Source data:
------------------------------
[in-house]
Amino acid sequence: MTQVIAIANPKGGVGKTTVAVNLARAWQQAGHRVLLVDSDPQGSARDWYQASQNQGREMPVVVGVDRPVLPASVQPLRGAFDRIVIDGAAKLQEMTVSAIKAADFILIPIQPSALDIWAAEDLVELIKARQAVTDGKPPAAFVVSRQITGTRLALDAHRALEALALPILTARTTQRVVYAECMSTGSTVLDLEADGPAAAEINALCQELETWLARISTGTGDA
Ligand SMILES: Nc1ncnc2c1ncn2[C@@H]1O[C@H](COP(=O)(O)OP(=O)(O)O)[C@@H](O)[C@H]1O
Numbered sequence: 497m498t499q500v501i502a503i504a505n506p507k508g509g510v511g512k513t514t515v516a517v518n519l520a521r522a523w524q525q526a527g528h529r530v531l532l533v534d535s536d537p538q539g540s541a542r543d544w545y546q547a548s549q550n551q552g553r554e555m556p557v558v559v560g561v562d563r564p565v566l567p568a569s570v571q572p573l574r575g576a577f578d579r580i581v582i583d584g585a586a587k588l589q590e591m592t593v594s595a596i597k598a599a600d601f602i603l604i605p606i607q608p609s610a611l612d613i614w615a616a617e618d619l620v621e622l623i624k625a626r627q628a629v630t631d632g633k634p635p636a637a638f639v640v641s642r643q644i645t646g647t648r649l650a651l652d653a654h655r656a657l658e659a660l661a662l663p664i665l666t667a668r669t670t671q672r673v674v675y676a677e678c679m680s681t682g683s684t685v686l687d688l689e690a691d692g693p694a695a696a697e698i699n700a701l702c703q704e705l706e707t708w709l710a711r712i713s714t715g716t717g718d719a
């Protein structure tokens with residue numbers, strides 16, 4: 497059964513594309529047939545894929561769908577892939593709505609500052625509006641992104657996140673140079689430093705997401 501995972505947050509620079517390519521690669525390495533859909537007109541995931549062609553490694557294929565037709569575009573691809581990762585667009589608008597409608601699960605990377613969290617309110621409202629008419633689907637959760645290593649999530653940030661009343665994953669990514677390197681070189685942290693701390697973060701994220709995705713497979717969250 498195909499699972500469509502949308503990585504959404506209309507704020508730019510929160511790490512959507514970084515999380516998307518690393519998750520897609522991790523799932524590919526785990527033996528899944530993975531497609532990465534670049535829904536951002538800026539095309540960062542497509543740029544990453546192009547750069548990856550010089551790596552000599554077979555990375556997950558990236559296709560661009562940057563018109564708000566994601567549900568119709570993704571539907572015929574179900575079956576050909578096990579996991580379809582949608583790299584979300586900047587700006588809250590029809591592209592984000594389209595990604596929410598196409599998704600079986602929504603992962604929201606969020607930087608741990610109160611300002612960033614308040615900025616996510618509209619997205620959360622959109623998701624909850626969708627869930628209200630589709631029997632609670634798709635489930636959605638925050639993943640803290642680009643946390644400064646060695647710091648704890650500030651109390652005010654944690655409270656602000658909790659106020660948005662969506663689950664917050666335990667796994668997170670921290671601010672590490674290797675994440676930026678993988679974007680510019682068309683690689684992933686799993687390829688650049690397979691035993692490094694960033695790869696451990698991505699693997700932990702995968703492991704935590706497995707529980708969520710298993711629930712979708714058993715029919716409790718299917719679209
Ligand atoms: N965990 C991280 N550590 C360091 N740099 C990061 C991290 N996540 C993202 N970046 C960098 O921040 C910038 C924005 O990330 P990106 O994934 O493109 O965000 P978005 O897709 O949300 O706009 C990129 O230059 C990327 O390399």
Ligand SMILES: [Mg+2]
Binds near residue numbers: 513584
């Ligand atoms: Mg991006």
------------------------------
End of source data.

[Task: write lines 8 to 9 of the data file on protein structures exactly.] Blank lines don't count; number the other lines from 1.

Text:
Binds near residue numbers: 513584
């Ligand atoms: Mg991006």